For Love of Nature
Korean cuisine contains an enormous variety of dishes made exclusively from vegetables, broadly defined, including many not commonly eaten in other cultures, and also many dishes containing only small amounts of animal products, which can easily be omitted or removed.
For foreign visitors concerned to maintain a healthy diet Korea is both a heaven and a hell. There are a myriad healthy dishes available, but without a knowledge of the language trying to identify them can be a nightmare. In this article I shall endeavor to provide a broad account of Korean cuisine from the perspective of its health-giving qualities. It will not answer all the questions of those with specific dietary needs, but it will, I hope, help them to make wise choices and survive. I shall consider specifically the needs of vegetarians (those who eat no animal flesh) and vegans (who eat no animal products). Korean cuisine contains an enormous variety of dishes made exclusively from vegetables, broadly speaking, including many not commonly eaten in other cultures, and also many containing only small amounts of animal products, which can easily be omitted or removed.
Some Natural History
Not surprisingly early Koreans, as primitive peoples everywhere, survived largely on vegetables, fruit and nuts etc., until they learned the trick of hunting and acquired the taste for meat. Plant shoots, leaves, berries, fruit, roots, and even bark were used and found not only to be nutritious but also to have medicinal effects. In the New Stone Age some cereals were cultivated, and by the Bronze Age rice and pulses were also being cultivated. During the period known as the Ancient Three Kingdoms (3rd to 7th century AD), not only vegetables and cereals were being eaten but meat and fish had become a central part of the diet, and the basic arrangement of traditional Korean table settings had been established. During the Goryeo dynasty (918-1392 AD), meat-eating declined under the influence of Buddhism and more various vegetable dishes, rice cakes and teas were developed. After the middle period of the dynasty however meat and fish dishes were revived. The Buddhist influence on the vegetarian aspects of Korean cuisine was considerable and deserves special attention.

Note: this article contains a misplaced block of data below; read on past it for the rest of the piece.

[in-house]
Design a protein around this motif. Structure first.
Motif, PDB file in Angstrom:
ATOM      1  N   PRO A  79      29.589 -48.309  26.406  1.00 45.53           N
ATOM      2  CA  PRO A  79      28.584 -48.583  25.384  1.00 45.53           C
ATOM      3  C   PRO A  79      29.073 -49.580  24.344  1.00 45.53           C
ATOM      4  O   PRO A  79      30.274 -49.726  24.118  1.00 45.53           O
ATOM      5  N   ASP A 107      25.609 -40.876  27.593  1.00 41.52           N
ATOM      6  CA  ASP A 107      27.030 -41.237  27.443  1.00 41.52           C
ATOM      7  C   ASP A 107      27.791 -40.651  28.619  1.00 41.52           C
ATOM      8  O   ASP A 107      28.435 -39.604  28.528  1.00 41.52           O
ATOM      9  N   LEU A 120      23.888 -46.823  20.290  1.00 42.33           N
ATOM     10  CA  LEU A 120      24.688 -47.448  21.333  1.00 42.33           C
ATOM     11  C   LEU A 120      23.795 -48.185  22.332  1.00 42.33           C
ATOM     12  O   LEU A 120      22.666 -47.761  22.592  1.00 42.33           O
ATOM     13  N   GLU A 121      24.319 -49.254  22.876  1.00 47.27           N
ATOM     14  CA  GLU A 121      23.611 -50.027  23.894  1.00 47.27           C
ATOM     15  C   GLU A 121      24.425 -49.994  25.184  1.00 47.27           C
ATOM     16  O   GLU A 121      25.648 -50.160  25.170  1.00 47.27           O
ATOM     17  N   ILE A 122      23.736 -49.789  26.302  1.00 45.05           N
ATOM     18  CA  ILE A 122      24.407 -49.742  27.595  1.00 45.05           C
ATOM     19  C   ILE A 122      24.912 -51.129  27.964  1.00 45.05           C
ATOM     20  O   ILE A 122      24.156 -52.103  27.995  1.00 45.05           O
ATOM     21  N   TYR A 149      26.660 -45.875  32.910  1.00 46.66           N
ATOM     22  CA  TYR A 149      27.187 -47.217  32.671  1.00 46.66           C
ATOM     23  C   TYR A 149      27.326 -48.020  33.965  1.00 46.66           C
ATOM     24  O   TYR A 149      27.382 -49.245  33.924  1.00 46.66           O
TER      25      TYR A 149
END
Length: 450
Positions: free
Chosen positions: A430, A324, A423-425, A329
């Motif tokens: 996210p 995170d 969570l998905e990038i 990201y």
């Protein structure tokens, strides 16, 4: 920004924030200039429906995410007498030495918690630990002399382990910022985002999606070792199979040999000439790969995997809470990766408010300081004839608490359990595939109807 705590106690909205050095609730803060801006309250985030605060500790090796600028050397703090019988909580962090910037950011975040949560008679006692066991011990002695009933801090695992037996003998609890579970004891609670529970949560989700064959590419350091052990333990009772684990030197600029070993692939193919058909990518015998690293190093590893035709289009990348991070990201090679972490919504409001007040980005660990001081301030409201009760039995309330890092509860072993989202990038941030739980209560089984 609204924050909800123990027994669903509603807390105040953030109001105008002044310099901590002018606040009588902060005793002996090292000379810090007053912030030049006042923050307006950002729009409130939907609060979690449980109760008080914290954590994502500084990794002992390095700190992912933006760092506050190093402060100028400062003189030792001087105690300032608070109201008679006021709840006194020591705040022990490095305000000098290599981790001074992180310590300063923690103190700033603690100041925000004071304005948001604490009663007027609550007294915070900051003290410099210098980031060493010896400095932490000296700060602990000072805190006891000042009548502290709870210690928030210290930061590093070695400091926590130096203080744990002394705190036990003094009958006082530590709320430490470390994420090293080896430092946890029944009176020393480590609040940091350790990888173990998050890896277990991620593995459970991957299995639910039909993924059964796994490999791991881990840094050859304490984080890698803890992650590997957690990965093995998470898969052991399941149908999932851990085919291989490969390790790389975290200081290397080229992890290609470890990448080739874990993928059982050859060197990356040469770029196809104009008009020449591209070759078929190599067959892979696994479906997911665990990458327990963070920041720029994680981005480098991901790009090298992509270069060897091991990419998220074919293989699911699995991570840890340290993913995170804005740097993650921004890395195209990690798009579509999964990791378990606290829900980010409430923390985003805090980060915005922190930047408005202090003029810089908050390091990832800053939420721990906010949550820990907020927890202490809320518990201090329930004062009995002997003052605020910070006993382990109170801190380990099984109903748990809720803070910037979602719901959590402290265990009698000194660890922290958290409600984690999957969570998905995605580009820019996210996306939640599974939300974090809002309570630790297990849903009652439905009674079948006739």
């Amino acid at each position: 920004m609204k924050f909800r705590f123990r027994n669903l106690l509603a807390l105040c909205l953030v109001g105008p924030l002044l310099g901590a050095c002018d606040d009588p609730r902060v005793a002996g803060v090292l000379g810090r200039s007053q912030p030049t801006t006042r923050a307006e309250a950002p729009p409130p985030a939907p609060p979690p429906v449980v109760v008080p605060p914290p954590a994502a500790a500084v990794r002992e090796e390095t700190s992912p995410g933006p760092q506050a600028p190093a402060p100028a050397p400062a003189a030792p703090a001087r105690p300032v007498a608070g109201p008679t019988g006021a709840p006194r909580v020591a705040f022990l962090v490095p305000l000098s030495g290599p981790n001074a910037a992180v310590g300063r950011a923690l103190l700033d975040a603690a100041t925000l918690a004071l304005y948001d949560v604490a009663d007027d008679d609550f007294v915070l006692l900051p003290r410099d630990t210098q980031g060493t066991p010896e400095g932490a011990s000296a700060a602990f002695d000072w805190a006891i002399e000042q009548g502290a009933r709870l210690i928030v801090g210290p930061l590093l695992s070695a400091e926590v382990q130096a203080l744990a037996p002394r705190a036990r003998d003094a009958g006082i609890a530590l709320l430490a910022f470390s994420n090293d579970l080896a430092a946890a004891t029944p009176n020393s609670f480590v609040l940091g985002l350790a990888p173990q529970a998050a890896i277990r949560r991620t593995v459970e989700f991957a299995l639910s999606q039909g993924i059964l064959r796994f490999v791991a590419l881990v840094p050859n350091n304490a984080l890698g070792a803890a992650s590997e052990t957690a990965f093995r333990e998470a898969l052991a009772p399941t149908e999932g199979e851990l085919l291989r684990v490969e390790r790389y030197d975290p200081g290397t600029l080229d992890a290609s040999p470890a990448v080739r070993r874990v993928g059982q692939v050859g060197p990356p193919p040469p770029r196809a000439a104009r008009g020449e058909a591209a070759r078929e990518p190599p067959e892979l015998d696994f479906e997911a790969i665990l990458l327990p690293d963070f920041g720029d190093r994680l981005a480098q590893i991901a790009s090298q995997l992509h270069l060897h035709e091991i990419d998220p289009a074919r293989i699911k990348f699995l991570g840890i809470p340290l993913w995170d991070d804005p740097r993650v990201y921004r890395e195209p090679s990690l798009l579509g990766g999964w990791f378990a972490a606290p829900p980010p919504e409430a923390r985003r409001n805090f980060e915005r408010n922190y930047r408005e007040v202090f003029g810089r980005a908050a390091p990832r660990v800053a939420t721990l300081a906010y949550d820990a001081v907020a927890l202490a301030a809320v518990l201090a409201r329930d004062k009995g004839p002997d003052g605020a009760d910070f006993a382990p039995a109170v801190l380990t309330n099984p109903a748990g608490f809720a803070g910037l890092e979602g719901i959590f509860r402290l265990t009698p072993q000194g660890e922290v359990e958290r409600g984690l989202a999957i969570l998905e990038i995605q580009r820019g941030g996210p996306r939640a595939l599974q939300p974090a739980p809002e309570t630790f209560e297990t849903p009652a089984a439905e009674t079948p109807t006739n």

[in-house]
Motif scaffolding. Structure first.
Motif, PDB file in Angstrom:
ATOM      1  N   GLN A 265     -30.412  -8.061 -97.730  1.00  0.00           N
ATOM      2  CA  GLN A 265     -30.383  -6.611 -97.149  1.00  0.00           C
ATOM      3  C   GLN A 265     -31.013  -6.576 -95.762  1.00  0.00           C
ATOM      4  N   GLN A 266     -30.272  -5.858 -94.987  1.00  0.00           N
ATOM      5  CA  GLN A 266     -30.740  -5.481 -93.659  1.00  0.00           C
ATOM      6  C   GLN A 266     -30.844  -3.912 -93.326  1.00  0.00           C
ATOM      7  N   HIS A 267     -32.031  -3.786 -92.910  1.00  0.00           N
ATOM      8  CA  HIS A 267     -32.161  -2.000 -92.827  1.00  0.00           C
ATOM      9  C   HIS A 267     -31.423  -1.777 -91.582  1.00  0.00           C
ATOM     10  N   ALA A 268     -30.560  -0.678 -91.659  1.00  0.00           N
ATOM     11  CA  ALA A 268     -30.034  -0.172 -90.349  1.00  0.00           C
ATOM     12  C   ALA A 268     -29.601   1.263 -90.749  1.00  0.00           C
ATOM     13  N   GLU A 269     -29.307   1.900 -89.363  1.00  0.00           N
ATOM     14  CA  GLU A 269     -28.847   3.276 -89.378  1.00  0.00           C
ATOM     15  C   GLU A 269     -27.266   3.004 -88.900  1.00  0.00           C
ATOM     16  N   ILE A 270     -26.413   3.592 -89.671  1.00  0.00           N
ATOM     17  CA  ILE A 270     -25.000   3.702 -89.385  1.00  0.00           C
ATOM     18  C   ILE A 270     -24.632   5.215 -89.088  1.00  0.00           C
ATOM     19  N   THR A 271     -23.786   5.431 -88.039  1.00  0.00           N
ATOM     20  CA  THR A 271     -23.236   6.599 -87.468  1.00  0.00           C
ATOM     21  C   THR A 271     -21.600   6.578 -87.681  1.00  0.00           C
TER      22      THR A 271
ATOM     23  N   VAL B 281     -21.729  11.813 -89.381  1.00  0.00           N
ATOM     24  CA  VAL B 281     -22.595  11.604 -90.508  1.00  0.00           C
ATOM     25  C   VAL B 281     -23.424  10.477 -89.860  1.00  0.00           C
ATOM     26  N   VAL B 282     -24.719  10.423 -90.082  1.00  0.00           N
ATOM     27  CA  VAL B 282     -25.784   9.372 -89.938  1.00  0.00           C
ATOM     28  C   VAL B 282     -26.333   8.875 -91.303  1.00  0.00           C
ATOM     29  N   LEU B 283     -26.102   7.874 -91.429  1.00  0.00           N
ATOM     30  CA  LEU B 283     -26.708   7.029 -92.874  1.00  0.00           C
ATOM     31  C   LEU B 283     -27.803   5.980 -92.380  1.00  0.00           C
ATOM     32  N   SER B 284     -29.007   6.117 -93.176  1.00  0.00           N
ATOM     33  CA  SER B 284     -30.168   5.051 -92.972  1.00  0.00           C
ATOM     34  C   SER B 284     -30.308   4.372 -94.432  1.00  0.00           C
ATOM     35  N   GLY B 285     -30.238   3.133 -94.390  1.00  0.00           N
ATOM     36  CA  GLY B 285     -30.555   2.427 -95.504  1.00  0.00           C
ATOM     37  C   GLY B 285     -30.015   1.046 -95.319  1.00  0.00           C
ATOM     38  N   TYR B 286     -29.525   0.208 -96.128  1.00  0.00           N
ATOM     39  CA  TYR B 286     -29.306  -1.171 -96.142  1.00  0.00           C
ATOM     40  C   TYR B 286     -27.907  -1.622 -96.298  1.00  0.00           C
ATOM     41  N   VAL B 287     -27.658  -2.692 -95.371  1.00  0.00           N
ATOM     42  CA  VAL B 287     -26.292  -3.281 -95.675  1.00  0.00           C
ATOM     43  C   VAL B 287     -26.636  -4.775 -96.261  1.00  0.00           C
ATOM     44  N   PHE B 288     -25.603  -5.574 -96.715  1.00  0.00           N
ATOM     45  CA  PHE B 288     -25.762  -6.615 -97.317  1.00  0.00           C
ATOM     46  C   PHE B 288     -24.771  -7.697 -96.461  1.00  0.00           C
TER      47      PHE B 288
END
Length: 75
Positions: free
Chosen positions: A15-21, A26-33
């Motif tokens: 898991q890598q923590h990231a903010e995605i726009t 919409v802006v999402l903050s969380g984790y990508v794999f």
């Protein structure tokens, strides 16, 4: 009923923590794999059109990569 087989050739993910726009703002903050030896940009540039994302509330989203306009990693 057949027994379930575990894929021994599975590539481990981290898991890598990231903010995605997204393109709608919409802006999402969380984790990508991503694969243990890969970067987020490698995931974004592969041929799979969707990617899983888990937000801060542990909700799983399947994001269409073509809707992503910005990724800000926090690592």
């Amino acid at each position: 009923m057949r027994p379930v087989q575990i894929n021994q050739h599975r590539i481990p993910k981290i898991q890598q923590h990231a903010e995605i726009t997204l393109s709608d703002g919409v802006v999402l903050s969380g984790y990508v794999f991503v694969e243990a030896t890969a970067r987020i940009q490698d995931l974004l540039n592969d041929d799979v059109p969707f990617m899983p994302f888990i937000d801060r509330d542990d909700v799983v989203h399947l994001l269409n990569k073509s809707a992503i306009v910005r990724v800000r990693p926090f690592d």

The Buddhist Influence
Tomes could be written about Buddhist philosophy in relation to diet, but the essential credo is simple enough to grasp. True Buddhists believe that they should not kill any living creature, nor should they eat them either. In genuine Buddhist temple cuisine only a few dishes are served and the monks eat only a modest amount of food (not too much, not too little). This is most conducive to a successful contemplative life. Although only a few dishes are eaten at one time, there is in fact a large variety of Buddhist dishes available. In a survey the Temple Food Research Institute has confirmed, at the last count, the following figures: more than a dozen kinds of rice; 43 kinds of porridge; 44 kinds of soup; 31 kinds of namul (vegetable side dishes); 25 kinds of stir-fried dishes; 100 kinds of rice cakes; 8 kinds of dasik(snacks for tea); half a dozen kinds of crisps, as well as teas, jang (special sauces) and several kinds of special kimchi, made without garlic, leeks or onions. Certain spices and vegetables (such as garlic and leeks) are not used, due to their strong smell, which, it is believed, would disturb religious meditation. It is also believed that they stimulate sexual desire. None of these dishes are complex but simply include whatever vegetables are in season.